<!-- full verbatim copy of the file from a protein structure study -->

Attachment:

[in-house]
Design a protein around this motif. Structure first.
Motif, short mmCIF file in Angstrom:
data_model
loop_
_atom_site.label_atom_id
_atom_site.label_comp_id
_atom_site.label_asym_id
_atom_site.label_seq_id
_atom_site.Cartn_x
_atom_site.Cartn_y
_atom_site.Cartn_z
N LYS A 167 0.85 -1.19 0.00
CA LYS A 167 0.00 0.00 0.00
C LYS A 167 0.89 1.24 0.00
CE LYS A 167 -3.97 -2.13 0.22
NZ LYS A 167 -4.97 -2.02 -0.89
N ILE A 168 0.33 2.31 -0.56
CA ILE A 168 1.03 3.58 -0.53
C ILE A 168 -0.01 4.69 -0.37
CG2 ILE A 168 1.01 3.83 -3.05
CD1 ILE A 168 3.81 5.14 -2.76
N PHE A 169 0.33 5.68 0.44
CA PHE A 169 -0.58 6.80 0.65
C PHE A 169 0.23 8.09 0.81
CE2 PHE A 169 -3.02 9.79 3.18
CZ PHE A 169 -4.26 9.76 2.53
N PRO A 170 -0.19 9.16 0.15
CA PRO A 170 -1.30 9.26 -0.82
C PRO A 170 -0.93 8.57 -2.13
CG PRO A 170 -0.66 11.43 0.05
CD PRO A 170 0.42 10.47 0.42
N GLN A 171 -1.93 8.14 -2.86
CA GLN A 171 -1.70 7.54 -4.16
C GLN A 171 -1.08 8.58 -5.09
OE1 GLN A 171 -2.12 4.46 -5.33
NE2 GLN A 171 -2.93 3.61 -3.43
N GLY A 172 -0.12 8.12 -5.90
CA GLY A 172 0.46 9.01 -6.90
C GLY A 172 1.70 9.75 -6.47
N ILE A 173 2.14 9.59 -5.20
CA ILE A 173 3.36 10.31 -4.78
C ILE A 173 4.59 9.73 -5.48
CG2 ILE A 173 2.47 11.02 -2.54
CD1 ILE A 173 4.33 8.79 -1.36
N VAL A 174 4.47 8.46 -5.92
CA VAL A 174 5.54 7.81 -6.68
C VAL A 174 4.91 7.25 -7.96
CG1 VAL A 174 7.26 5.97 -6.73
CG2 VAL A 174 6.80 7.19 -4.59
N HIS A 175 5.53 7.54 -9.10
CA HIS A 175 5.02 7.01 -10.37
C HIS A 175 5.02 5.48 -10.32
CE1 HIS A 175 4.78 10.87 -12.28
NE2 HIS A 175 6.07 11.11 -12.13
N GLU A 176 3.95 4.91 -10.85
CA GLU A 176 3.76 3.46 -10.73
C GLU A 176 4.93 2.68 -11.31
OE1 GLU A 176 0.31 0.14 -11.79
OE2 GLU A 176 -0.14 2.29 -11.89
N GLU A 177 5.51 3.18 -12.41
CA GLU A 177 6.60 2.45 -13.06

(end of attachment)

[in-house]
Design a protein around this motif. Structure first.
Motif, short mmCIF file in Angstrom:
data_model
loop_
_atom_site.label_atom_id
_atom_site.label_comp_id
_atom_site.label_asym_id
_atom_site.label_seq_id
_atom_site.Cartn_x
_atom_site.Cartn_y
_atom_site.Cartn_z
N LYS A 167 0.85 -1.19 0.00
CA LYS A 167 0.00 0.00 0.00
C LYS A 167 0.89 1.24 0.00
CE LYS A 167 -3.97 -2.13 0.22
NZ LYS A 167 -4.97 -2.02 -0.89
N ILE A 168 0.33 2.31 -0.56
CA ILE A 168 1.03 3.58 -0.53
C ILE A 168 -0.01 4.69 -0.37
CG2 ILE A 168 1.01 3.83 -3.05
CD1 ILE A 168 3.81 5.14 -2.76
N PHE A 169 0.33 5.68 0.44
CA PHE A 169 -0.58 6.80 0.65
C PHE A 169 0.23 8.09 0.81
CE2 PHE A 169 -3.02 9.79 3.18
CZ PHE A 169 -4.26 9.76 2.53
N PRO A 170 -0.19 9.16 0.15
CA PRO A 170 -1.30 9.26 -0.82
C PRO A 170 -0.93 8.57 -2.13
CG PRO A 170 -0.66 11.43 0.05
CD PRO A 170 0.42 10.47 0.42
N GLN A 171 -1.93 8.14 -2.86
CA GLN A 171 -1.70 7.54 -4.16
C GLN A 171 -1.08 8.58 -5.09
OE1 GLN A 171 -2.12 4.46 -5.33
NE2 GLN A 171 -2.93 3.61 -3.43
N GLY A 172 -0.12 8.12 -5.90
CA GLY A 172 0.46 9.01 -6.90
C GLY A 172 1.70 9.75 -6.47
N ILE A 173 2.14 9.59 -5.20
CA ILE A 173 3.36 10.31 -4.78
C ILE A 173 4.59 9.73 -5.48
CG2 ILE A 173 2.47 11.02 -2.54
CD1 ILE A 173 4.33 8.79 -1.36
N VAL A 174 4.47 8.46 -5.92
CA VAL A 174 5.54 7.81 -6.68
C VAL A 174 4.91 7.25 -7.96
CG1 VAL A 174 7.26 5.97 -6.73
CG2 VAL A 174 6.80 7.19 -4.59
N HIS A 175 5.53 7.54 -9.10
CA HIS A 175 5.02 7.01 -10.37
C HIS A 175 5.02 5.48 -10.32
CE1 HIS A 175 4.78 10.87 -12.28
NE2 HIS A 175 6.07 11.11 -12.13
N GLU A 176 3.95 4.91 -10.85
CA GLU A 176 3.76 3.46 -10.73
C GLU A 176 4.93 2.68 -11.31
OE1 GLU A 176 0.31 0.14 -11.79
OE2 GLU A 176 -0.14 2.29 -11.89
N GLU A 177 5.51 3.18 -12.41
CA GLU A 177 6.60 2.45 -13.06